CHICAGO SYMPHONY ORCHESTRA
At Ravinia this weekend the normally museum-minded CSO will express its belated appreciation of two of the true individualists of this century: Toru Takemitsu and Olivier Messiaen, whose idiosyncratic styles, at first considered exotic or just plain far-out, have recently invigorated the mainstream. Friday's featured selection, Takemitsu's concerto Riverrun, epitomizes his preoccupation with nature and water imagery--though he was among the first postwar Japanese artists to embrace cutting-edge Western aesthetics, by the time he'd completed the concerto in 1984, Takemitsu had reclaimed his Japanese roots via John Cage. The ripples, swirls, and cascades in Riverrun flow Zen-like--mysterious, recurrent, at times turbulent, yet ultimately harmonious. The piano soloist will be Peter Serkin, a new-music advocate who has turned this concerto into a crusade for Takemitsu's place in the pantheon. There are a number of connections between Messiaen and Takemitsu, both stylistic and philosophical, but for you trivia buffs, Messiaen's Turangalila-symphonie, featured on Sunday's program, has a special link to Riverrun: it refers to the Arthurian legend of Tristan and Isolde, which James Joyce appropriated in Finnegans Wake, which in turn lends Riverrun its title. Despite the obvious precedent, Messiaen's monumental ten-movement symphony is only fitfully Wagnerian; the primary source of its inspiration lies East, in Hindu and Balinese music. Its title--a composite of two Sanskrit words that translate as "a hymn to the rhythm of life"--suggests that a variety of rhythmic patterns is in store, and indeed that's the case; Messiaen relied on a veritable battalion of percussion instruments to approximate a large gamelan. A piano figures prominently, and so does the ondes Martenot, an electronic keyboard instrument from the 20s that's capable of very low pitches and eerily high-toned glissandi. Here the piano will be handled by Marc-Andre Hamelin, a Canadian specialist in the 20th-century repertoire, and the ondes Martenot by one of its few virtuosos, Jean Laurendeau. The remainder of both programs consists of standard summer fare; Christoph Eschenbach conducts. Friday, 8 PM, and Sunday, 7 PM, pavilion, Ravinia Festival, Green Bay and Lake Cook Rds., Highland Park; 847-266-5100. TED SHEN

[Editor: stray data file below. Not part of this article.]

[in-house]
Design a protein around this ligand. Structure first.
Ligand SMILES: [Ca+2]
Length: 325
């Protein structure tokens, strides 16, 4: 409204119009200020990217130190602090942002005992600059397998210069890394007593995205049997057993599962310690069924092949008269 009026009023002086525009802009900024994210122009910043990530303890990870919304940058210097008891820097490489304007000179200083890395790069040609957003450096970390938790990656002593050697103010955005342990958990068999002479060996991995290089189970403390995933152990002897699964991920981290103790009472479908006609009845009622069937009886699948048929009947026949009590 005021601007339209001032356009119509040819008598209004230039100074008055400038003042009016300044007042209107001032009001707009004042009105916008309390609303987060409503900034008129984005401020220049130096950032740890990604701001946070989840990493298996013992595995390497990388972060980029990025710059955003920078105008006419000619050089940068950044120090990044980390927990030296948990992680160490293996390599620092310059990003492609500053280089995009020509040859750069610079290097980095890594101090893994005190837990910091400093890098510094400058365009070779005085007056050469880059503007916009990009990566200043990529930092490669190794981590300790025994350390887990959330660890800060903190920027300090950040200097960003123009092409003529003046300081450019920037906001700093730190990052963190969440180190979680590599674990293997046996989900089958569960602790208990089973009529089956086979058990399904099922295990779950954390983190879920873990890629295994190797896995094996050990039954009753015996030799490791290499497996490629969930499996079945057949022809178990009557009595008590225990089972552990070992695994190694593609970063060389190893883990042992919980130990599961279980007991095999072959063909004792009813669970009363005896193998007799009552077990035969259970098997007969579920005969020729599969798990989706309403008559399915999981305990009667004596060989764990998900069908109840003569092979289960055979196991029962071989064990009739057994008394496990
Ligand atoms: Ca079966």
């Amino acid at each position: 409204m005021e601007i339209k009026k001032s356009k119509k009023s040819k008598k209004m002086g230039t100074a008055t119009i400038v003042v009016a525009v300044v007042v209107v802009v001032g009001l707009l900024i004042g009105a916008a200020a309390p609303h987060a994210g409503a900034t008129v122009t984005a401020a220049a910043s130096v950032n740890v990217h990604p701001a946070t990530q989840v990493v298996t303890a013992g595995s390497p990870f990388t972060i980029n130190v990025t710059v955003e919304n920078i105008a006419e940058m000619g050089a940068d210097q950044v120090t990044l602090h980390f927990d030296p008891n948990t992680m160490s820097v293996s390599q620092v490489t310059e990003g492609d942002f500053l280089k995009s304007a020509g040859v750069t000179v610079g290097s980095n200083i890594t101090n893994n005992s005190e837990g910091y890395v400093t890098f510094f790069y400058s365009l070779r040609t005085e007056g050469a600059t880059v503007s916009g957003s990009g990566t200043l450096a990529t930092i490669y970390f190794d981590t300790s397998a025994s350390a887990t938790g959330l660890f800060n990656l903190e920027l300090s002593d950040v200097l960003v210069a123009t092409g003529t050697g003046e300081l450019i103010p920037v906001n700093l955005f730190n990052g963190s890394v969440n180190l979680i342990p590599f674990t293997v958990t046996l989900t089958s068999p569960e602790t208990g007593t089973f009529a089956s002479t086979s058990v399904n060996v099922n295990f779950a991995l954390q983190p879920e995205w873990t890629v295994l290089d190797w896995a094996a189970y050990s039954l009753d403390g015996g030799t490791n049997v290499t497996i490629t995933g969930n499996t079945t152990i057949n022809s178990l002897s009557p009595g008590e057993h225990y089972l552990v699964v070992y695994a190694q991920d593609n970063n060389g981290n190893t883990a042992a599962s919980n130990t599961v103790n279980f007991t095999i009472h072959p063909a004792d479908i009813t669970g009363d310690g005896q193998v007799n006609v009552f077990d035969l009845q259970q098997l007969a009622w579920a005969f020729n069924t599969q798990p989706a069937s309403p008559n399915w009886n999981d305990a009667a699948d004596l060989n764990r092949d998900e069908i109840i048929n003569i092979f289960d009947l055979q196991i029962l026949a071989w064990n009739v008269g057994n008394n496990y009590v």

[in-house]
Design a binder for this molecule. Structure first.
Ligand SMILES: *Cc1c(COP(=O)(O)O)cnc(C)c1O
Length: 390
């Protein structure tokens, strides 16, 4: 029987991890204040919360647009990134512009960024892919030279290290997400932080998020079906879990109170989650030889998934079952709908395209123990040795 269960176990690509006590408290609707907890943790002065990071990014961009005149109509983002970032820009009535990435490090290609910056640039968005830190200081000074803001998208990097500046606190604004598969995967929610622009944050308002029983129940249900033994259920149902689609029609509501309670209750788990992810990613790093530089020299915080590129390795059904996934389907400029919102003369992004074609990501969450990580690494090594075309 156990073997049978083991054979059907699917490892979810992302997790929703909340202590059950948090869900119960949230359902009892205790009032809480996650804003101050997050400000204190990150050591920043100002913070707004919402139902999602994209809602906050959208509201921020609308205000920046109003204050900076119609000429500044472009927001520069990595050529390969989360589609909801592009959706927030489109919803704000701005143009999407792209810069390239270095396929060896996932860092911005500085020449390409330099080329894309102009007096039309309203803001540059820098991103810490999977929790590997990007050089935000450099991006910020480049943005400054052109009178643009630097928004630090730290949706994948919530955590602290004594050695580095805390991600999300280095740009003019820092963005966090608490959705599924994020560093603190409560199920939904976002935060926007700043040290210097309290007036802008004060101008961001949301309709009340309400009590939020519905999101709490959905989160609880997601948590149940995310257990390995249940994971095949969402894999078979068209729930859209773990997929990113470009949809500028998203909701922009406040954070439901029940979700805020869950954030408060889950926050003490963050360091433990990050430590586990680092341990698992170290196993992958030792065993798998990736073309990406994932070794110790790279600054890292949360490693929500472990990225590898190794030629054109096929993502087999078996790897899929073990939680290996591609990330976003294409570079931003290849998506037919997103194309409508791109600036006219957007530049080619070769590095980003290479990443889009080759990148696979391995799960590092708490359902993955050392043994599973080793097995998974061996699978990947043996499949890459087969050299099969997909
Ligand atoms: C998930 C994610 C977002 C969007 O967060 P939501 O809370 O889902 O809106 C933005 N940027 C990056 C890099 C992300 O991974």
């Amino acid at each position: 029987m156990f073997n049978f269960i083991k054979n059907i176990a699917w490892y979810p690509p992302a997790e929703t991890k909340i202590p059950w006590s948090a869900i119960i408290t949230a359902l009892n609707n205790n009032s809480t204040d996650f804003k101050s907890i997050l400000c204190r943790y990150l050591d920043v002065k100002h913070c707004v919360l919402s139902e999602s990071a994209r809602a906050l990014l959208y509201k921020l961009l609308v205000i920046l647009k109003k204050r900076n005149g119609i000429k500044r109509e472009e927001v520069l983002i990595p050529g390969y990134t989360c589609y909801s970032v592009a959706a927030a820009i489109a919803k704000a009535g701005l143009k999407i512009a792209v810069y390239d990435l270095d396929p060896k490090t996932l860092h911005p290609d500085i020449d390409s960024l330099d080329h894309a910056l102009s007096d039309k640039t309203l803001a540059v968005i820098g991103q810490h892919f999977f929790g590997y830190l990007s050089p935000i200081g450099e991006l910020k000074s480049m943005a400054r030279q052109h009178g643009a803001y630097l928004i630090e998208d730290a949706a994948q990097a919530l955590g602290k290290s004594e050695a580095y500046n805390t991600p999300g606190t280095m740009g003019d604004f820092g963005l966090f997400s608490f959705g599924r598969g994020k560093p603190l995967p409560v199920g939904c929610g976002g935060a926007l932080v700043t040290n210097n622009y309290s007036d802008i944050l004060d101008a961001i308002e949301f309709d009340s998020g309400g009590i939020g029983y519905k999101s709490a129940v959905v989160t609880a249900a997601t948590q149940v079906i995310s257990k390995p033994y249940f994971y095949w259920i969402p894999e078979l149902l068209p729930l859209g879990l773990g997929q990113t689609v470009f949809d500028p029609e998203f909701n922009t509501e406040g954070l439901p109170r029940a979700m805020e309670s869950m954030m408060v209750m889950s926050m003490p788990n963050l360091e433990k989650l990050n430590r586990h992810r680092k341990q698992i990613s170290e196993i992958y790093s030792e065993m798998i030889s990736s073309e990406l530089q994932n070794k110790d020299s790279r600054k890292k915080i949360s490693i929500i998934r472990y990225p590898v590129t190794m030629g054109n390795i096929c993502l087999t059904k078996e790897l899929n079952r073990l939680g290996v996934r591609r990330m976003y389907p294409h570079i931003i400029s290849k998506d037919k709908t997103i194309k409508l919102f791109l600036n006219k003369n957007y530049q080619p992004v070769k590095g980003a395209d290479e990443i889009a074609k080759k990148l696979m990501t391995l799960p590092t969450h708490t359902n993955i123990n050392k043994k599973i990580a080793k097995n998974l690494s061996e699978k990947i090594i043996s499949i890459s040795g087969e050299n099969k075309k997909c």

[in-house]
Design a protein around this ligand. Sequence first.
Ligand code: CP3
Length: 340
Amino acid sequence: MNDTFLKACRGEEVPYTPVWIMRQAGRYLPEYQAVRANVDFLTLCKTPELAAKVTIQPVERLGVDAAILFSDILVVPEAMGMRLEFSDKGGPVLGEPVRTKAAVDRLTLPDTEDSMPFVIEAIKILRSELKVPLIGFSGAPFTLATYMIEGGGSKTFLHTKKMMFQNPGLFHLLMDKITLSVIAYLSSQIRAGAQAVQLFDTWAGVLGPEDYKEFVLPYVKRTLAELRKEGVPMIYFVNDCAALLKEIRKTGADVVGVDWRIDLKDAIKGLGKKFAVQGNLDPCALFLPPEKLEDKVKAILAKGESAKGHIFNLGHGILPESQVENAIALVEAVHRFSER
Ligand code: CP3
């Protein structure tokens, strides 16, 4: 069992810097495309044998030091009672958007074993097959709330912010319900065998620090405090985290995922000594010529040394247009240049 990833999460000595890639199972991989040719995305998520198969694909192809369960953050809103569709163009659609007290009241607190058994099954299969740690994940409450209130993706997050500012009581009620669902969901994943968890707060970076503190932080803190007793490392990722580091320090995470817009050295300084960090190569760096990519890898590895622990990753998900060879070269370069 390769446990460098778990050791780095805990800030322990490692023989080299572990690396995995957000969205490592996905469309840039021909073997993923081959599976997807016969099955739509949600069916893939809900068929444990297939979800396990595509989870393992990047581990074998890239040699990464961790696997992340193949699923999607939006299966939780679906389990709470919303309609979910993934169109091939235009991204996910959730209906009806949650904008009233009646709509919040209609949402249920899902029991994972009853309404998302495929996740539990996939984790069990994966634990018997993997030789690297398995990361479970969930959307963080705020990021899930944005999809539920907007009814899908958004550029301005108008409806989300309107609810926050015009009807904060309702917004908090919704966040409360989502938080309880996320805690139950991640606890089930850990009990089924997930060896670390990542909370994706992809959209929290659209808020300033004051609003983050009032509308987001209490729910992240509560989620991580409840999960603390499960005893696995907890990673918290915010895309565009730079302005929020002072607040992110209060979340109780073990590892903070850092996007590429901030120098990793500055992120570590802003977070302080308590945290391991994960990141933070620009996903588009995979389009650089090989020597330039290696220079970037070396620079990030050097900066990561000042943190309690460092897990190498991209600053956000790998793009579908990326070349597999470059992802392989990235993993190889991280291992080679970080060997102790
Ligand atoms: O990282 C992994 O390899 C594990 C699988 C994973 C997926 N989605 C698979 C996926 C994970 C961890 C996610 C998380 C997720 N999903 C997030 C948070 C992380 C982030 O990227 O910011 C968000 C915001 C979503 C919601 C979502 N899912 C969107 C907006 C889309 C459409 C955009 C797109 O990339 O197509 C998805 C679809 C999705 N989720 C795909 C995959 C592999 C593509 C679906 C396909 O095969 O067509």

Art accompanying story in printed newspaper (not available in this archive): Peter Serkin photo by Regina Tauney; Jean Laurendeau uncredited photo.